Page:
FROM THE ARCHIVE: Collection highlights the fascinating story of the Highland Hospice
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Among the collections stored at the Highland Archive Centre are documents associated with the history of the Highland Hospice.
In 2019, the archive centre was delighted to accept the collection of the hospice, which had been carefully sorted and catalogued by a team of volunteers.
The collection of records, photographs and press cuttings document the development of the Highland Hospice from the initial vision to the present day.
In the early 1980s, Cecilia Bottomley and Flora Mackay, both nurses in Culduthel Hospital, in Inverness identified the need for specialist palliative care in the Highlands.
The first Hospice committee was formed in 1983 and Highland Hospice was registered as a charitable company in May 1985.
A fundraising appeal was launched in March 1986 with an initial target of £500,000.
Ness House, Inverness originally part of the Royal Northern Infirmary was purchased from the Highland Health Board and plans went ahead to adapt and extend the building for use as the In-patient Unit.
Meanwhile Netley Lodge, the property adjacent to Ness House was also purchased and adapted for use as a Day Hospice. Senior staff comprising General Manager, Matron and Medical Director were appointed allowing the Day Hospice to open in November 1987 and the Inpatient Unit one year later.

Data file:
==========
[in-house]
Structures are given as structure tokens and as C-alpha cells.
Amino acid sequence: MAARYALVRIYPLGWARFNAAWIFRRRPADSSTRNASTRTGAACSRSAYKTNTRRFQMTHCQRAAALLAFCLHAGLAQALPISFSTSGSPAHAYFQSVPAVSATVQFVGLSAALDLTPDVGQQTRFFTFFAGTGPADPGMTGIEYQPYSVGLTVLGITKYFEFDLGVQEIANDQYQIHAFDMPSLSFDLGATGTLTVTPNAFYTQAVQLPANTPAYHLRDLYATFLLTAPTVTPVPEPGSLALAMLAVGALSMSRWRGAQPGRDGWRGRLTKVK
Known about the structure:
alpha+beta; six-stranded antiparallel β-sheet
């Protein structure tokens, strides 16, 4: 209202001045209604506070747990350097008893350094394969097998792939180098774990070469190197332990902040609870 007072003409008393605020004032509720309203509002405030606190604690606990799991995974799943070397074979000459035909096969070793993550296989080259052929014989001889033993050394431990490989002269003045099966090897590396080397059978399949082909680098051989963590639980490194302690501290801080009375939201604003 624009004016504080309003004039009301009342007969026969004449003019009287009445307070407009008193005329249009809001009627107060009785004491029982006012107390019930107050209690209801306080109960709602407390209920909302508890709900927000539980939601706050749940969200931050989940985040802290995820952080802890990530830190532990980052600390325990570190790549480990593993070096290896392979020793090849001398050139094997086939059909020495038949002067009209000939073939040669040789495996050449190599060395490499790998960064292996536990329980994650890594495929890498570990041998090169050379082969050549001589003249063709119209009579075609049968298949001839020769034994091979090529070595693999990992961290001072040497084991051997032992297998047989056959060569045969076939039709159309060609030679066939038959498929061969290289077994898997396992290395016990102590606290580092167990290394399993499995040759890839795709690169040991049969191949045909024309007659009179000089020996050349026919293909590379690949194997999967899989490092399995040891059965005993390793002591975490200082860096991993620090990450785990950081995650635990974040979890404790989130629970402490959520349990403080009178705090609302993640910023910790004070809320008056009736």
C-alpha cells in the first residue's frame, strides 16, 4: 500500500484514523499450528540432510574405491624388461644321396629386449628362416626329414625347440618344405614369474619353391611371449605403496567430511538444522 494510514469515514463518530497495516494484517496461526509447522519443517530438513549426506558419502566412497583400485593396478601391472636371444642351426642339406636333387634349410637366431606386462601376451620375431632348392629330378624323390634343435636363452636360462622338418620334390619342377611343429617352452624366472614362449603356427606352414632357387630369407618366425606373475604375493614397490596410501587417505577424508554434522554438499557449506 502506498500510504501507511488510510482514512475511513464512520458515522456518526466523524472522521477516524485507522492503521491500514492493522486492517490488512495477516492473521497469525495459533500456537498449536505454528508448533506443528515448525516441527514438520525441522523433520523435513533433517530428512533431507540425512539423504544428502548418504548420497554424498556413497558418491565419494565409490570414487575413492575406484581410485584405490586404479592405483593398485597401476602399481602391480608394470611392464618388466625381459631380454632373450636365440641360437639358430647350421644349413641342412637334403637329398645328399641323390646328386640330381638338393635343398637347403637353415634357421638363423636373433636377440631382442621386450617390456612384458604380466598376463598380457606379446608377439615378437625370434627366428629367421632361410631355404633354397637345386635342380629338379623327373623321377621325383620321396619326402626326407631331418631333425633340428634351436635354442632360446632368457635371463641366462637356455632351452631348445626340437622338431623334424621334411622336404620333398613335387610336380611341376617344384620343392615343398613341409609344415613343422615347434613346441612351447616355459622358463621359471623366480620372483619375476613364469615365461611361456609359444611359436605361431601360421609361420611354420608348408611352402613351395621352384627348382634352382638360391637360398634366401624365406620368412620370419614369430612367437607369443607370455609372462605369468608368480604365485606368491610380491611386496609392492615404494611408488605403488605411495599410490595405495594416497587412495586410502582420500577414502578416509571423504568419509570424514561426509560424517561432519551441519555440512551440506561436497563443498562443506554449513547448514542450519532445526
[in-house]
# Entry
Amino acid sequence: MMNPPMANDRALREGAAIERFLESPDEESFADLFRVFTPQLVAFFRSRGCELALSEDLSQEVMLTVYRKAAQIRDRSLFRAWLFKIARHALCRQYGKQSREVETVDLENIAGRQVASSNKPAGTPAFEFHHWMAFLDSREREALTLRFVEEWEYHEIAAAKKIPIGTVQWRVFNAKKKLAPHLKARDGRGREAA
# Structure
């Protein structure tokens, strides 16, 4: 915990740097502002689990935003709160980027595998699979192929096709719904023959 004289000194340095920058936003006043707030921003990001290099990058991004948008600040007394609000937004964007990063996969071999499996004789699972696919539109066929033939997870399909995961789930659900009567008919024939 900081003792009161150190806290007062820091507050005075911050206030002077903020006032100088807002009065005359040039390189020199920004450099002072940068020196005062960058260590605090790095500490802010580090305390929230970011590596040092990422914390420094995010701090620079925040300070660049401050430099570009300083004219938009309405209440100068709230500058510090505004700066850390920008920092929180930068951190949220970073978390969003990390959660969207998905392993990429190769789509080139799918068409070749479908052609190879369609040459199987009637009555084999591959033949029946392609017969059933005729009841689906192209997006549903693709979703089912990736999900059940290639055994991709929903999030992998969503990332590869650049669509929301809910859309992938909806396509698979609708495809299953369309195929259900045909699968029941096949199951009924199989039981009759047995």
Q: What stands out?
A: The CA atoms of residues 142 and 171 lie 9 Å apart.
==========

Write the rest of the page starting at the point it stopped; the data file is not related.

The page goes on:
In 1988 Highland Hospice Trading Ltd was established to develop thrift and gift shops with a view to providing a secure income stream alongside the ongoing organised and voluntary fundraising.
During the 1990s the clinical team expanded to include a Consultant in Palliative Medicine and two physicians, a physiotherapist, with a holistic approach to palliative care, recognised by both an NHS Healthcare and an Investors in People award.
Ness House was expanded in 1994 and following a successful 10th Anniversary Appeal the new Netley Day Centre and Education Suite was opened by HRH The Princess Royal in 1999, allowing the Hospice to expand its role in providing training and further education courses.
The Hospice’s first conference ‘On the Edge’ took place in 2000 and a major international Conference ‘The Space Between’ was held in 2007 to mark the 20th anniversary.
In 2012, recognising that the existing facilities no longer met the desired standards of contemporary care, the board took the decision to rebuild the Inpatient unit on the current site and an appeal was launched to raise £4.5 million.
Construction work commenced during the summer of 2015 and the new unit comprising 10 fully equipped en-suite rooms became operational in November 2017 – 30 years to the day after the initial opening.